Voting a Barrier to Change for Minorities

Allen Jones is the main proponent of the State and County Clemency Boards Initiative. Respond at [email protected]

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Let's face it-voting has not worked for many blacks lately. Many blacks know this, and that is why they don't vote. It is time young black students start a 2 million man boycott of voting. This is to bring attention to the 2 million U.S. prisoners, the need for prison reform and the cost of just getting a reform ballot measure to the people.

I am the proponent of a clemency ballot measure that has no chance of becoming law. Not because it lacks merit, but because it lacks millions of dollars just to get it to the people for their opinion.

Clemency is the most powerful tool of executive power dealing with criminal justice. If used properly it could save this country billions of dollars in prison cost. Now whoever holds the power of clemency controls the prison population. Currently this power is in the hands of our government, thus we have the highest number of people incarcerated by any country. Now if the power was taken away from Gov. Gray Davis and given to the people, as I will demonstrate, the prison population could be cut in half, saving billions from a $450 billion a year prison industry with the hope that other states follow California.

Mark Smith is in a California prison suffering from AIDS, cancer and Parkinson's disease. He and so many other terminally ill prisoners could bring their cases to a new clemency board. If the board members feel that these individuals were not a threat to society, they could move to grant them humanitarian clemency release. This move could save the taxpayers of any state with a new clemency system millions in medical and incarceration costs.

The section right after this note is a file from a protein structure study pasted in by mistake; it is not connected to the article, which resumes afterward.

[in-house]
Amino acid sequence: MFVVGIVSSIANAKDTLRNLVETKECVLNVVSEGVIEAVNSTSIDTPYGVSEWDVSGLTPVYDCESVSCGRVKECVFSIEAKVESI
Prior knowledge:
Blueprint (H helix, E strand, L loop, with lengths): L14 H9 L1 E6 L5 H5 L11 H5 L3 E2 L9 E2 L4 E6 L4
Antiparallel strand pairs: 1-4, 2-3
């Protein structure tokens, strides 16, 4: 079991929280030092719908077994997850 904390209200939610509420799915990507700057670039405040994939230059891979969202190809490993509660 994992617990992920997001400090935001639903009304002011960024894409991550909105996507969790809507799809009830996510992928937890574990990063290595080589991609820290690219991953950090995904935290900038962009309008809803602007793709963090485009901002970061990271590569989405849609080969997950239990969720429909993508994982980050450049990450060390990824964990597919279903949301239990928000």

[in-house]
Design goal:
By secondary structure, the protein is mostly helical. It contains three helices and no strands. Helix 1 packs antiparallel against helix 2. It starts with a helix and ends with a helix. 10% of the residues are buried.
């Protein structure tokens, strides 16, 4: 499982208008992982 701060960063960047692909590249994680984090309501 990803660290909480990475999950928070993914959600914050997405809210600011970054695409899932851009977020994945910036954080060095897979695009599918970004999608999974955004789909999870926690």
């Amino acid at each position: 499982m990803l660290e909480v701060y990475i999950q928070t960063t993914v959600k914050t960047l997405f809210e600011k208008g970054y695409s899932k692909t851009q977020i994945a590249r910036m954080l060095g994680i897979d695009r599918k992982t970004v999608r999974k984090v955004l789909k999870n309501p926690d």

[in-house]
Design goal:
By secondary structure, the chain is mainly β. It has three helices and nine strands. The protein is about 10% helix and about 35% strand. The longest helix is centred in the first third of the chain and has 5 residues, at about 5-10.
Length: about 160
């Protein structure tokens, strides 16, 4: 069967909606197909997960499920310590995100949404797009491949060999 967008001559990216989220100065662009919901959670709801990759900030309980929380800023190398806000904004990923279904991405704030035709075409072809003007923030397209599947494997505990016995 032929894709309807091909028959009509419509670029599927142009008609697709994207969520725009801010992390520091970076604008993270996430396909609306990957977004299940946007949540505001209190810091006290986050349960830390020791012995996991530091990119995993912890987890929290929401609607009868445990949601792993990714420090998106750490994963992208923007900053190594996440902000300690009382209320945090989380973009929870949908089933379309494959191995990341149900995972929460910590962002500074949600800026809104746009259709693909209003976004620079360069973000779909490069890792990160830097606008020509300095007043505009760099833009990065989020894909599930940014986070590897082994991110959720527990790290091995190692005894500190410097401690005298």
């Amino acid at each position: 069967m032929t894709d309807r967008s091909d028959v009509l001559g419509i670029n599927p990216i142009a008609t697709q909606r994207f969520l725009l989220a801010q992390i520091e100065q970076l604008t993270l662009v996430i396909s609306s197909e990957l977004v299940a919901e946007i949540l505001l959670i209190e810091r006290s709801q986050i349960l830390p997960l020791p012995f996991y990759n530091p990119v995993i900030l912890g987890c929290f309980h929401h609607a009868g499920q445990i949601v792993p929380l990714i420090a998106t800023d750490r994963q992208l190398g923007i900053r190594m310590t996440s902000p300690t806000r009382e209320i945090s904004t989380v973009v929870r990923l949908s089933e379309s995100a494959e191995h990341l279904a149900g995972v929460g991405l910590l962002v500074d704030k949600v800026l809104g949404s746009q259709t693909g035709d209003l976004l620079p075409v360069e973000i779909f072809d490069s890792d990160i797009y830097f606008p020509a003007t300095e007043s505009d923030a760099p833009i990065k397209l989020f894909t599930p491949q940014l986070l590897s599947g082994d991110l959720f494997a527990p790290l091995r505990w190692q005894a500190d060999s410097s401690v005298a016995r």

A respected law professor, Franklin Zimmering of the UC Berkeley Boalt Hall School of Law, has called this idea "good intentions run amuck." He does not believe average citizens should have the power to release prisoners.

I rebut by saying that jurors are the ones who convict these people. Aren't

they "average citizens"?

Currently the solution in all 50 states is to build more prisons at an average cost of $400,000,000 each. My goal is to make a more manageable prison system by taking the clemency powers away from the governor's control in California by a constitutional amendment and create new clemency boards in every county in the state of California for less than the current parole board budget. The duty of these five-member panels is to review reasonable requests for clemency and subsequently rule on them. Members will be randomly selected from voter registration roles and will be compensated and will serve only if they agree to do so.

Nowhere in my plan will you find a "get out of jail free" card. Though the current system of releasing prisoners has many risks, my proposal is dead on arrival if I don't have safeguards.

If college students led a movement to bring attention to our prison policies, they could do more than just prison reform. Currently, democracy only works for the rich. College students and other concerned individuals can change that by refusing to vote in a way that does not show apathy, because no one listens to apathy. But college students can show they do care about participating in an election that answers to the people, not the dollar.

Elders bought into the voting system when it wasn't so expensive. Now they're trying to get you to buy into it when you can't afford it. How many young blacks do you know can pony up $3 million to get ANY idea on the ballot? If young people are going to change this country, they will have to change its laws.

Some believe that affirmative action is the mother's milk for a black education; I believe voting is. But recent voting has shown nothing more than a scam.

When President Bush won the 2000 election, many said he stole the election. I don't agree, but voting didn't help blacks then. Recent measures to eliminate affirmative action have passed-voting didn't help blacks then. Most of these "get tough" laws have swelled prison numbers, putting more blacks in prison than in college. Was that the plan?

Politicians need to understand that this generation is not voting for lip service any longer.


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